Reply
  4. Zuha May 14, 2020

    I do not agree to this girl at all as I have seen many girls without dupatta and wearing pants and whatever they want to wear.She was exactly lie to all of us..

    Reply
  5. IJAZ Ahmed May 15, 2020

    Well the institution is marvellous without and beyond doubts. The lady expressing her 4 years experience at kannaird had probably preconceived illusions / frustrations, stopping of what she termed as policing .
    This girl by no means was set to land at noon and I am sure she has not done so yet.
    Absolute professional cribbing and sexual frustration nothing more than that.

    Reply
  6. Areeba akhtar May 15, 2020

    I am a student of biotech
    And see nothing like this girls wear whatever they want even I see girls in too short shirts
    And girls of kinnaird never become good wives except few cause they are too far from religion and want freedom if* u want equality with men okay…!!
    Then if people let you withdraw money out of bank if you are at last in line because you are a girl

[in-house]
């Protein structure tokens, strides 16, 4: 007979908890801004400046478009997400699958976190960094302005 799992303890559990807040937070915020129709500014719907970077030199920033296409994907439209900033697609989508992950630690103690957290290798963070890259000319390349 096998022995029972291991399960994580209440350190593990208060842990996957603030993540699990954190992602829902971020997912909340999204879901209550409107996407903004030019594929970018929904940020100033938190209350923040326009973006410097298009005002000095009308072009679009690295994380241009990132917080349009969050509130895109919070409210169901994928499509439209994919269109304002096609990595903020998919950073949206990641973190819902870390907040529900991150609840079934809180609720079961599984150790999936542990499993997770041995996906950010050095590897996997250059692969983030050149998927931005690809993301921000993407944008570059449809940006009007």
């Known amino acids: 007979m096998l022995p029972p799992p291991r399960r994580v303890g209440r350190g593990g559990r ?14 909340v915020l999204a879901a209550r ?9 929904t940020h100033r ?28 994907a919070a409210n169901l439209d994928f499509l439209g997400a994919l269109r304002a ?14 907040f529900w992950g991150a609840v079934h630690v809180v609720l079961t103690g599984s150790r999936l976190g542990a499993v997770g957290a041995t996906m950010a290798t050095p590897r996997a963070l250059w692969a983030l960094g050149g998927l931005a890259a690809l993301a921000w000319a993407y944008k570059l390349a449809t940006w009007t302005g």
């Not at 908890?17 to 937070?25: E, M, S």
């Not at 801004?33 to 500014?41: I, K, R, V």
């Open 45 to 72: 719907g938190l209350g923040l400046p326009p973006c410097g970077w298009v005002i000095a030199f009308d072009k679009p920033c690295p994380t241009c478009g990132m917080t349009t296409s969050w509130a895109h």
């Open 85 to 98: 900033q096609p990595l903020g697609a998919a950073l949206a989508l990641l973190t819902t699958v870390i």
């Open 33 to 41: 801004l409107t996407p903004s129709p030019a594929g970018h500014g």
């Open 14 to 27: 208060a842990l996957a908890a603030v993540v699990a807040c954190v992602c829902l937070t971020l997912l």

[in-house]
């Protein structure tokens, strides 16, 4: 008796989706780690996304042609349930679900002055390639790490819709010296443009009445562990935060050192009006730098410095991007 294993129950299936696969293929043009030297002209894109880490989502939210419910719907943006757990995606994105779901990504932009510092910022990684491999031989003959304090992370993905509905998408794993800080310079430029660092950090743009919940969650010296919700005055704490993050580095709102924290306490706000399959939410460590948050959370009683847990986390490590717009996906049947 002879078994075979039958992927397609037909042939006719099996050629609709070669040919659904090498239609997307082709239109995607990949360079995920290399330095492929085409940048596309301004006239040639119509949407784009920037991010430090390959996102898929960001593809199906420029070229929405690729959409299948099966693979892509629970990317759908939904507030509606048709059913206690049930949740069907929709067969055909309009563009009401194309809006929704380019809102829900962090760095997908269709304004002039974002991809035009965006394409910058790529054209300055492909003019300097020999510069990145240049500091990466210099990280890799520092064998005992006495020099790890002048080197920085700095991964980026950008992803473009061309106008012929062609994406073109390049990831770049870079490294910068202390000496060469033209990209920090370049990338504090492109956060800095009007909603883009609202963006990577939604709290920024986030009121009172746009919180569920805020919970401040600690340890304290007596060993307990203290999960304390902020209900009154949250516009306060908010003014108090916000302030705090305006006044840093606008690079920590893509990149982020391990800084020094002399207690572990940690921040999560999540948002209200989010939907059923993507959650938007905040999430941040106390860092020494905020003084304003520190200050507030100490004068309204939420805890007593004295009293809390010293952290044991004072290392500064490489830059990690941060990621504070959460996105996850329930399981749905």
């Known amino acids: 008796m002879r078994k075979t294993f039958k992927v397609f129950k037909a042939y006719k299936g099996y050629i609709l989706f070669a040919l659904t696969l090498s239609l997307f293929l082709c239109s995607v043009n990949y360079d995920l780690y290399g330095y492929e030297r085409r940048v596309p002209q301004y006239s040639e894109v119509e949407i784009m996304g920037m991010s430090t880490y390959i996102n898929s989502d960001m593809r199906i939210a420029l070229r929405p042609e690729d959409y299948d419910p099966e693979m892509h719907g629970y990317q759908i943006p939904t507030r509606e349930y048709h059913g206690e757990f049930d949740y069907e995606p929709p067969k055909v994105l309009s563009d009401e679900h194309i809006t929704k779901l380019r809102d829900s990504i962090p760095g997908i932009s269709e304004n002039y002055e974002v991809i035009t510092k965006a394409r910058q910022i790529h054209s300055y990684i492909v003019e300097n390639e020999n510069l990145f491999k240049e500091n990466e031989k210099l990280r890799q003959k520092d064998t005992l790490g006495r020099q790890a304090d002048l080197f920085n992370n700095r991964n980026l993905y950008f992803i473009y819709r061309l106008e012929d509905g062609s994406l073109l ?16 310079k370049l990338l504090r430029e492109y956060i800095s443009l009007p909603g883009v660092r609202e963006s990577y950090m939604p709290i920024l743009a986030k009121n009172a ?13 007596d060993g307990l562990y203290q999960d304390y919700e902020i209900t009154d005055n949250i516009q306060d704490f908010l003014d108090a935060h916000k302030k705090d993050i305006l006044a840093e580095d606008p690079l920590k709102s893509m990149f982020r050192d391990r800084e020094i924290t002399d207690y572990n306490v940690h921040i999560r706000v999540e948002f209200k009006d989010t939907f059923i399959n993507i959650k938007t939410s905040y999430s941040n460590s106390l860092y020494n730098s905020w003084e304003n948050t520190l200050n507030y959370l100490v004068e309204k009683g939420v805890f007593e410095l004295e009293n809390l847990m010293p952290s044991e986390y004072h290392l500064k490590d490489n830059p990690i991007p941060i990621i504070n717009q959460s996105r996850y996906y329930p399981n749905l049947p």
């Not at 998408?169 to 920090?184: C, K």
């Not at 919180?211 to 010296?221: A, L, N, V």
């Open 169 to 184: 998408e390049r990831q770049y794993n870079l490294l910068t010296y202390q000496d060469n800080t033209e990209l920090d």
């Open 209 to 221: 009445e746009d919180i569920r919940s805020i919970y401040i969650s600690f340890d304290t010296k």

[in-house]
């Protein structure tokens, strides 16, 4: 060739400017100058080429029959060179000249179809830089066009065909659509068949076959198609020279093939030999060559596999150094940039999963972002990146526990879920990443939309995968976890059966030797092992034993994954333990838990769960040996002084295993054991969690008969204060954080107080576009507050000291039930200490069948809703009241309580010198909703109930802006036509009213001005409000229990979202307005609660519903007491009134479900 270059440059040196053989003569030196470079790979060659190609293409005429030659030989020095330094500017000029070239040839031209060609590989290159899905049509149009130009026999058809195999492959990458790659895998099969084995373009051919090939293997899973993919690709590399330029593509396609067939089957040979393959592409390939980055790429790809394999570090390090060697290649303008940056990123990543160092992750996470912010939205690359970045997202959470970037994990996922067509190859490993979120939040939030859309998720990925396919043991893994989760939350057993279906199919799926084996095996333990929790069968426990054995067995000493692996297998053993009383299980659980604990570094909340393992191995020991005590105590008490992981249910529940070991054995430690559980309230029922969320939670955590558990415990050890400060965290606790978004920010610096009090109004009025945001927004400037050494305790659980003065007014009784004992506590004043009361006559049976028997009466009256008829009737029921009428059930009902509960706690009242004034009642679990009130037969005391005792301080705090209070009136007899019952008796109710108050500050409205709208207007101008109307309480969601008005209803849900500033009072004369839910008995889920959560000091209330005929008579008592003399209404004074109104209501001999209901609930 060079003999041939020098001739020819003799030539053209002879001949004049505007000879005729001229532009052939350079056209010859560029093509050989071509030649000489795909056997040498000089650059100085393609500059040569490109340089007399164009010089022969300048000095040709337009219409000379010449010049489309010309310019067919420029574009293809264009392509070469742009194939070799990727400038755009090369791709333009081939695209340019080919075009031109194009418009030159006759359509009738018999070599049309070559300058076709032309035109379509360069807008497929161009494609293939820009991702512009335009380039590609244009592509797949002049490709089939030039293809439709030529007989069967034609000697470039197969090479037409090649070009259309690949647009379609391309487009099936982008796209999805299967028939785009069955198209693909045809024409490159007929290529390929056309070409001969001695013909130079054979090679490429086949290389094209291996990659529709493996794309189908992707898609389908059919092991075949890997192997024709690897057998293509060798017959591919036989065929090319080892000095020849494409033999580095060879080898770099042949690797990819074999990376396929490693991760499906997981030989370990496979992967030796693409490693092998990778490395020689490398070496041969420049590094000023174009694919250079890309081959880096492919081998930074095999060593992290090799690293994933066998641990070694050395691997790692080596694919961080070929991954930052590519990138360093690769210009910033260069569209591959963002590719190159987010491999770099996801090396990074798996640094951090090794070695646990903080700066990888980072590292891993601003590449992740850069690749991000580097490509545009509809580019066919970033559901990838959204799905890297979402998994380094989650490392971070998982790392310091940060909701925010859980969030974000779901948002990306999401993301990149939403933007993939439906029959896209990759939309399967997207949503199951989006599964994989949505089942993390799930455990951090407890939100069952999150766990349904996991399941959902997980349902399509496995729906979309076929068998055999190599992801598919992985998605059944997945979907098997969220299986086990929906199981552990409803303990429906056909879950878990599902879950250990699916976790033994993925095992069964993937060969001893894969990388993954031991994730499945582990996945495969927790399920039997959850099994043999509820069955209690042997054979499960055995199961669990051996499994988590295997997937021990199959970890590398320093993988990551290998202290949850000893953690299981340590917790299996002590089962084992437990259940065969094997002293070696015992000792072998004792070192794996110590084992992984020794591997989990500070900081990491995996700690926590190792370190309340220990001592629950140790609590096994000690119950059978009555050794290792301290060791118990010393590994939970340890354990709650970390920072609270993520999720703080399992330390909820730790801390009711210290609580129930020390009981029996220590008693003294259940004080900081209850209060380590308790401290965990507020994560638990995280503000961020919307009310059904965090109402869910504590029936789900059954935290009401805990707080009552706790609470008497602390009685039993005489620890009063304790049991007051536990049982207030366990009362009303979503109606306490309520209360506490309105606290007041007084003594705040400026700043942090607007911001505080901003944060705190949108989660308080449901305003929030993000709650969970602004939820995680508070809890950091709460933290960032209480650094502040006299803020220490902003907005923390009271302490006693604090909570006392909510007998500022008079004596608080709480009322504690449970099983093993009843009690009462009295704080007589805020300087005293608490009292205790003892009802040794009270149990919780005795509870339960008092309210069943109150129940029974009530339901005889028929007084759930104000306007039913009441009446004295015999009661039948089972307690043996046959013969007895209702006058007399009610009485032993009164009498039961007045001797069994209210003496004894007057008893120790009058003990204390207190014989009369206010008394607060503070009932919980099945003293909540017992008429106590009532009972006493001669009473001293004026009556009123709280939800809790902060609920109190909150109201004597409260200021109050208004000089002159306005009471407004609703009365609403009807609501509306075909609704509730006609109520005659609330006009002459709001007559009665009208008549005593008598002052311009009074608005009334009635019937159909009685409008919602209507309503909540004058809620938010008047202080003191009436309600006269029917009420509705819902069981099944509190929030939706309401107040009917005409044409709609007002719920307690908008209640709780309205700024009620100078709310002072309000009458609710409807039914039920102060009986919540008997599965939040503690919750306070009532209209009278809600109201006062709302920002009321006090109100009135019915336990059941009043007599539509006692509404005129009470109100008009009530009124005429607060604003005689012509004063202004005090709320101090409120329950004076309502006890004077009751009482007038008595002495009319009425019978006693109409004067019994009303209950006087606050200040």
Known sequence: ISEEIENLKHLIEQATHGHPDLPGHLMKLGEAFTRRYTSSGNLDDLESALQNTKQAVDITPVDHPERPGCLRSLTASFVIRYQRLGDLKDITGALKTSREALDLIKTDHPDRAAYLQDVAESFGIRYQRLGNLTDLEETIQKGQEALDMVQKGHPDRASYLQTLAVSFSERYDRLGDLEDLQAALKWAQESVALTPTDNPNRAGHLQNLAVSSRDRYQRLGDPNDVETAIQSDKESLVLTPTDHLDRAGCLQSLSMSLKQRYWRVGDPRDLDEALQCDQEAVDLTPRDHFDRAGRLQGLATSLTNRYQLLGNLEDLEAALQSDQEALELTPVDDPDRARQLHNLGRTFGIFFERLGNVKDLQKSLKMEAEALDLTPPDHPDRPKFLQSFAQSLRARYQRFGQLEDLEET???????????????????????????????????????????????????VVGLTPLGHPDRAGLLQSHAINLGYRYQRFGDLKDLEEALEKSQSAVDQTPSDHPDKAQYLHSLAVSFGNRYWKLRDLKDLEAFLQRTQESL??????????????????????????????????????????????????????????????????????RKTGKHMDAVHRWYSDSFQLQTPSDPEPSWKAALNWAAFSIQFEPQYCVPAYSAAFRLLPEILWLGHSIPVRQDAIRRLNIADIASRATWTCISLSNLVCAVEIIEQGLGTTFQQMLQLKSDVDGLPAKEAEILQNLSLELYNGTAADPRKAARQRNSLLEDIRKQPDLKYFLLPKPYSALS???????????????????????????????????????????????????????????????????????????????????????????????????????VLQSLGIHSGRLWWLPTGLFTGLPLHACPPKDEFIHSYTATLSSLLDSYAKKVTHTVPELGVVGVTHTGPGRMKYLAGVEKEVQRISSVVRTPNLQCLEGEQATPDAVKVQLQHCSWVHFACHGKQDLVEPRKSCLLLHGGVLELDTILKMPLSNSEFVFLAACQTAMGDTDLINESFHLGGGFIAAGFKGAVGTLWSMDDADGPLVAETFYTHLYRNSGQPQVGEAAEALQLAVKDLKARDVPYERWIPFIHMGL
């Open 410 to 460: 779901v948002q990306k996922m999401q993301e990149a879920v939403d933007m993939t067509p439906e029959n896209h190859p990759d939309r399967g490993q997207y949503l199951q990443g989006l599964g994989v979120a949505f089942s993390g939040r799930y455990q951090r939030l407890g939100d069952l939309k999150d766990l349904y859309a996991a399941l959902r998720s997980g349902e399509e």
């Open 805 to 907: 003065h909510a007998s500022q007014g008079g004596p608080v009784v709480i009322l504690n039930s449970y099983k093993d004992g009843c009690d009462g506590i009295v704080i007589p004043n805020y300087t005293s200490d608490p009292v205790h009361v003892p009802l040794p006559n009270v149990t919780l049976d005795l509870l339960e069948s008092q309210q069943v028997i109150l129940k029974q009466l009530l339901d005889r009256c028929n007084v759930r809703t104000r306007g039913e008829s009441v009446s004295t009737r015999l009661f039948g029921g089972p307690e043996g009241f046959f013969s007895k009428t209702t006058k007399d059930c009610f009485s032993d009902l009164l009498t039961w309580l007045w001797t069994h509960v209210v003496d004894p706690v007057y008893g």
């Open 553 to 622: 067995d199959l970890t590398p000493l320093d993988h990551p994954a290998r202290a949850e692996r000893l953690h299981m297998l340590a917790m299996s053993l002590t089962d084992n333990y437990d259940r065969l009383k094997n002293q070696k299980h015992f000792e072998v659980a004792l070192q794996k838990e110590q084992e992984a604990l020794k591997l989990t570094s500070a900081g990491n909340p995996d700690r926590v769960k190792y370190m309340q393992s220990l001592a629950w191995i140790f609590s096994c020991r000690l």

You want ladies should be first then this concept will eradicate like Europe than you have to pay half of the bills of your house like your husband you have to face all the situations like men doo
    Then along with men you have to work in coal mines however men works in coal mines only have short life span than do this then you get equality
    But you are stupid enough to not understand all the girls who say ” mera jism meri marzi”
    These are all the politics of Europe

    Reply
  7. Kiran May 15, 2020

    This post makes me cringe. Clearly what you have mentioned is more of a made up. I belong to same institutions and the things you mentioned is far off from truth.
    A cheap shot for getting readers I would say.

    Reply
  8. Maliha Syed January 13, 2021

    What on earth??? I studied at Kinnaird a long time ago and now a successful physician AND a happily married wife and mom to 4 kids. I can comment on every thing she has said.

    If the girls are policed over their dresses, I can only imagine what they must be wanting to dress in ! Even in mid 90’s, girls wore short shirts, I think the person posting is referring to girls without dupatta who are also wearing dresses that are more revealing . Every professional place and institution has a dress code they have to follow. Even Ivy League schools do!! How illiterate of this woman to not know this!